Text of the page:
Jonathan A. Czuba
My research program extends collaboratively across multiple disciplines to advance the understanding of riverine ecosystems and their response to human and natural forces.
The challenge to provide water, food, and energy for a growing population in the context of climate change is and will continue to place increasing pressure on riverine ecosystems. I incorporate theory, modeling, and field measurements to improve our understanding of these complex systems and better inform river management.
My research largely focuses on the development and application of modeling tools to better predict the transport and fate of sediment in rivers, organized around three major themes:
(1) Understanding the fundamentals of stream and floodplain restoration, specifically quantifying the form and function of natural streams and floodplains to inform stream restoration efforts.
(2) River network modeling and connectivity, specifically modeling the transport of sediment on the branching structure of a river network to determine how change at one location on the landscape manifests change at locations downstream and to inform river basin management.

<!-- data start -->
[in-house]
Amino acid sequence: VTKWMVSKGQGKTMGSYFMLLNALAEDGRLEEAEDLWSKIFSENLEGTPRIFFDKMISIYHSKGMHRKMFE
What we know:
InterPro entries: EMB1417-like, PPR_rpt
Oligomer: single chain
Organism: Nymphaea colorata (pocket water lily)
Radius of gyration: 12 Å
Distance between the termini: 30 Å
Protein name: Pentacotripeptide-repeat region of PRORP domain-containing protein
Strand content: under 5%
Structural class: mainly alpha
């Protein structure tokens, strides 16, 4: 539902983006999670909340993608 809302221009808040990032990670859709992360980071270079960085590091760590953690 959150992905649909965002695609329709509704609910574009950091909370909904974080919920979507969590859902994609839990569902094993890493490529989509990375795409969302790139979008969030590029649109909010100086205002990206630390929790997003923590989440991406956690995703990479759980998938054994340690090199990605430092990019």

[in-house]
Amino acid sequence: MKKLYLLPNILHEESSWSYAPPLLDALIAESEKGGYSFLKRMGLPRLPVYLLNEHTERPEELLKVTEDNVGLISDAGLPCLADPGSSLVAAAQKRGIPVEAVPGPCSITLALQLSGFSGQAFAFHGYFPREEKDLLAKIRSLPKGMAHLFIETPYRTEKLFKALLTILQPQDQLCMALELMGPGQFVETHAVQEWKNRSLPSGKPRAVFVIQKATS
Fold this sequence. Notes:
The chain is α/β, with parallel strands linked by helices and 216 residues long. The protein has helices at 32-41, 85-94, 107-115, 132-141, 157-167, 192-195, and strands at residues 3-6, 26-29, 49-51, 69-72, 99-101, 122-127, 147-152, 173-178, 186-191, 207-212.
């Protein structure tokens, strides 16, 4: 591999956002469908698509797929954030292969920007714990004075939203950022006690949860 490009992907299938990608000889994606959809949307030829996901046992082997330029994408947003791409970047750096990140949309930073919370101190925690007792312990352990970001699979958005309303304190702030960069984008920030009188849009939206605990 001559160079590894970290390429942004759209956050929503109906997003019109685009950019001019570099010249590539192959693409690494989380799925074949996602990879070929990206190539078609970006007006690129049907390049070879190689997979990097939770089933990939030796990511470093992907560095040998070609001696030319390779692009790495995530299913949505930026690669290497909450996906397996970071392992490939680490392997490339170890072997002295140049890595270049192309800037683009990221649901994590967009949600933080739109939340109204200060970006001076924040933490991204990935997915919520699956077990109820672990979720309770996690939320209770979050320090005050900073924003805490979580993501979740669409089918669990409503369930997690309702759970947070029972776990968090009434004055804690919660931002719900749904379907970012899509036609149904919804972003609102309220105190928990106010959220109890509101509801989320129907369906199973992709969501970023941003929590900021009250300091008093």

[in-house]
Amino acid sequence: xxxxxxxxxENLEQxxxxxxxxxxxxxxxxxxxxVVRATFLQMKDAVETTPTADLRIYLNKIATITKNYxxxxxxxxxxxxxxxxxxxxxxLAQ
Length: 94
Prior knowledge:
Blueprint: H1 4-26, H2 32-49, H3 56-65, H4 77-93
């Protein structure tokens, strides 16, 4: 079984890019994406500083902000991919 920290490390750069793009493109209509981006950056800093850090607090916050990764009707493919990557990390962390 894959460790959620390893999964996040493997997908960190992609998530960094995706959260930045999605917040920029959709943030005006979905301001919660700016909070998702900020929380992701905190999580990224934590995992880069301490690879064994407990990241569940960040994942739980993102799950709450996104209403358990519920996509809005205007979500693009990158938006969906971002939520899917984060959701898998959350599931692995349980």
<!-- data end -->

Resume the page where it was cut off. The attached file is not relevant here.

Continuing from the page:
(3) Ecohydraulics and ecomorphodynamics (eco-: ecosystem + -hydraulics: dynamics of flowing water; -morphodynamics: evolution of landforms in response to the erosion and deposition of sediment), specifically how flowing water and moving sediment affect and are affected by the living components of the riverine ecosystem (e.g., plants, fish, freshwater mussels) to inform aquatic ecosystem management and restoration.
I am always seeking highly motivated and creative graduate students to join my research group. For more information, please see Opportunities.
Site last updated February 4, 2021